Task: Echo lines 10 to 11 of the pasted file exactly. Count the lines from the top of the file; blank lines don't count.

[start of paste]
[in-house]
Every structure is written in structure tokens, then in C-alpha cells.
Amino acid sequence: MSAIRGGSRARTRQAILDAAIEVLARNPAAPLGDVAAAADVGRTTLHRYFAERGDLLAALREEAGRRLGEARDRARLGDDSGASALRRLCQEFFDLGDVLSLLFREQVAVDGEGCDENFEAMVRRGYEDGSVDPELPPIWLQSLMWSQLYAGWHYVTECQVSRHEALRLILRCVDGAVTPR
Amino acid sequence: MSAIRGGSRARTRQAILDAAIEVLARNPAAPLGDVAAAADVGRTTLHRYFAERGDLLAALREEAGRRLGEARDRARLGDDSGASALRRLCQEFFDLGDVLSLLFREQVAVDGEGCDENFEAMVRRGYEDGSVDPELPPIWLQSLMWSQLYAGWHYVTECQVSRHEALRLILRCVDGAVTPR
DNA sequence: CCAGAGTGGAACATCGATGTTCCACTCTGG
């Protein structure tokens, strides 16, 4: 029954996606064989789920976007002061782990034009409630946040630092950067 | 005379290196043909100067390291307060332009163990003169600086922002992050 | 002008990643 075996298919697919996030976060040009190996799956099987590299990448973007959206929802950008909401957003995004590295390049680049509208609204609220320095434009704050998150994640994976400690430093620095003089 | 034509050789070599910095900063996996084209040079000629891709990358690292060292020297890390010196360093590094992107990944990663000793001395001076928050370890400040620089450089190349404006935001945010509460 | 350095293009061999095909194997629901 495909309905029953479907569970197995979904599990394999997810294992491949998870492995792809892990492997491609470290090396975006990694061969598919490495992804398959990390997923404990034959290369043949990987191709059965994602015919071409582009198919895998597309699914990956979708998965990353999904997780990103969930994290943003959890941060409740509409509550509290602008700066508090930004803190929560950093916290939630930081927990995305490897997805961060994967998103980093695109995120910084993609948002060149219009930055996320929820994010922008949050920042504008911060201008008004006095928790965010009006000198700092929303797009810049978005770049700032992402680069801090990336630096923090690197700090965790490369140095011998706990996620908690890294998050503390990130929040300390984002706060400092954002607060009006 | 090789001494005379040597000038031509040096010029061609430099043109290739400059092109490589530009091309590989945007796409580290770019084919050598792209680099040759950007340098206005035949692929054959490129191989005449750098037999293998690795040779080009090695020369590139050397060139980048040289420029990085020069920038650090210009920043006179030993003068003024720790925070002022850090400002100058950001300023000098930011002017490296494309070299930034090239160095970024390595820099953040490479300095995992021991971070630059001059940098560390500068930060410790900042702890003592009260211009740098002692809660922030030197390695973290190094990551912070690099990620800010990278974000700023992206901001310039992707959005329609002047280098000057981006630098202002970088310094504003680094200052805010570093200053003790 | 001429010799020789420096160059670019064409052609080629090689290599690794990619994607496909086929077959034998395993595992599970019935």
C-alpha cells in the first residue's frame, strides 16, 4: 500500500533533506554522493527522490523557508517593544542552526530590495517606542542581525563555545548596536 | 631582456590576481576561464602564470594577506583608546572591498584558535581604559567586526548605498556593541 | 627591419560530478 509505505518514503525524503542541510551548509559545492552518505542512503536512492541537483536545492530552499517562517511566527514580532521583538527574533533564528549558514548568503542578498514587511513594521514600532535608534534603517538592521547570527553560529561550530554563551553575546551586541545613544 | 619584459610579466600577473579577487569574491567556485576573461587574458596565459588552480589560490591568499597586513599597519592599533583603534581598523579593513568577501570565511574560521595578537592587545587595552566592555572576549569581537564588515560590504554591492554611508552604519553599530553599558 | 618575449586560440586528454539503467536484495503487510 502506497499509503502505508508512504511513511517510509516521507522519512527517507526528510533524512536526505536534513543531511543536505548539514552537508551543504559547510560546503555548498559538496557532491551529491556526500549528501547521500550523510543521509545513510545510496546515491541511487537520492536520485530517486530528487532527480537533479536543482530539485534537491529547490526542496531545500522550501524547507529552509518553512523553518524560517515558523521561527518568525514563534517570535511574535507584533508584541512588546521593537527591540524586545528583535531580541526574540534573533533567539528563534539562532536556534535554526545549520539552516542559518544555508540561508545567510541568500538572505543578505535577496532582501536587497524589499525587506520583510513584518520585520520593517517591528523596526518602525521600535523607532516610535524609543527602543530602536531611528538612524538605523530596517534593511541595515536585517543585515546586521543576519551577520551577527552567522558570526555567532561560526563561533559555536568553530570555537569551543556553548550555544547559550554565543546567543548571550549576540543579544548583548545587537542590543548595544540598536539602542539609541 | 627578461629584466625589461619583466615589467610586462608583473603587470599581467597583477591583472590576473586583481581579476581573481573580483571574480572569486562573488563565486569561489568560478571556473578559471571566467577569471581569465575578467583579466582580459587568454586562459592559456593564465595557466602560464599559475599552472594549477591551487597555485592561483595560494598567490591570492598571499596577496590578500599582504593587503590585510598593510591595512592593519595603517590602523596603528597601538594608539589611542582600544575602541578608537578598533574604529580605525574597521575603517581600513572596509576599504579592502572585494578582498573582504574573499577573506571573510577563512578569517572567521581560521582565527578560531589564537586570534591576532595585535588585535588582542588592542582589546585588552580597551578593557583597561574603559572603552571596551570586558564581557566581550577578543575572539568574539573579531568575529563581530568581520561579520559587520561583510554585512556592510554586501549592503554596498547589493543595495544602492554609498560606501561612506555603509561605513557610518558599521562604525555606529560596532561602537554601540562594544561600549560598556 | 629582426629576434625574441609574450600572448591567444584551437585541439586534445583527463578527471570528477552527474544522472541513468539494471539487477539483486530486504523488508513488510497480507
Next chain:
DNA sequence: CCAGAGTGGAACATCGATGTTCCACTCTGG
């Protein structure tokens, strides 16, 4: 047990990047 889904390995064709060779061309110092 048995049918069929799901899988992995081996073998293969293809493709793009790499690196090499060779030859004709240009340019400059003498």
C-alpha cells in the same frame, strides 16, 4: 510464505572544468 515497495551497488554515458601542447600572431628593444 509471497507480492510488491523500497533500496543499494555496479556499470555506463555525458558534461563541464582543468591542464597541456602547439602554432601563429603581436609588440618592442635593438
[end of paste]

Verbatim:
């Protein structure tokens, strides 16, 4: 047990990047 889904390995064709060779061309110092 048995049918069929799901899988992995081996073998293969293809493709793009790499690196090499060779030859004709240009340019400059003498």
C-alpha cells in the same frame, strides 16, 4: 510464505572544468 515497495551497488554515458601542447600572431628593444 509471497507480492510488491523500497533500496543499494555496479556499470555506463555525458558534461563541464582543468591542464597541456602547439602554432601563429603581436609588440618592442635593438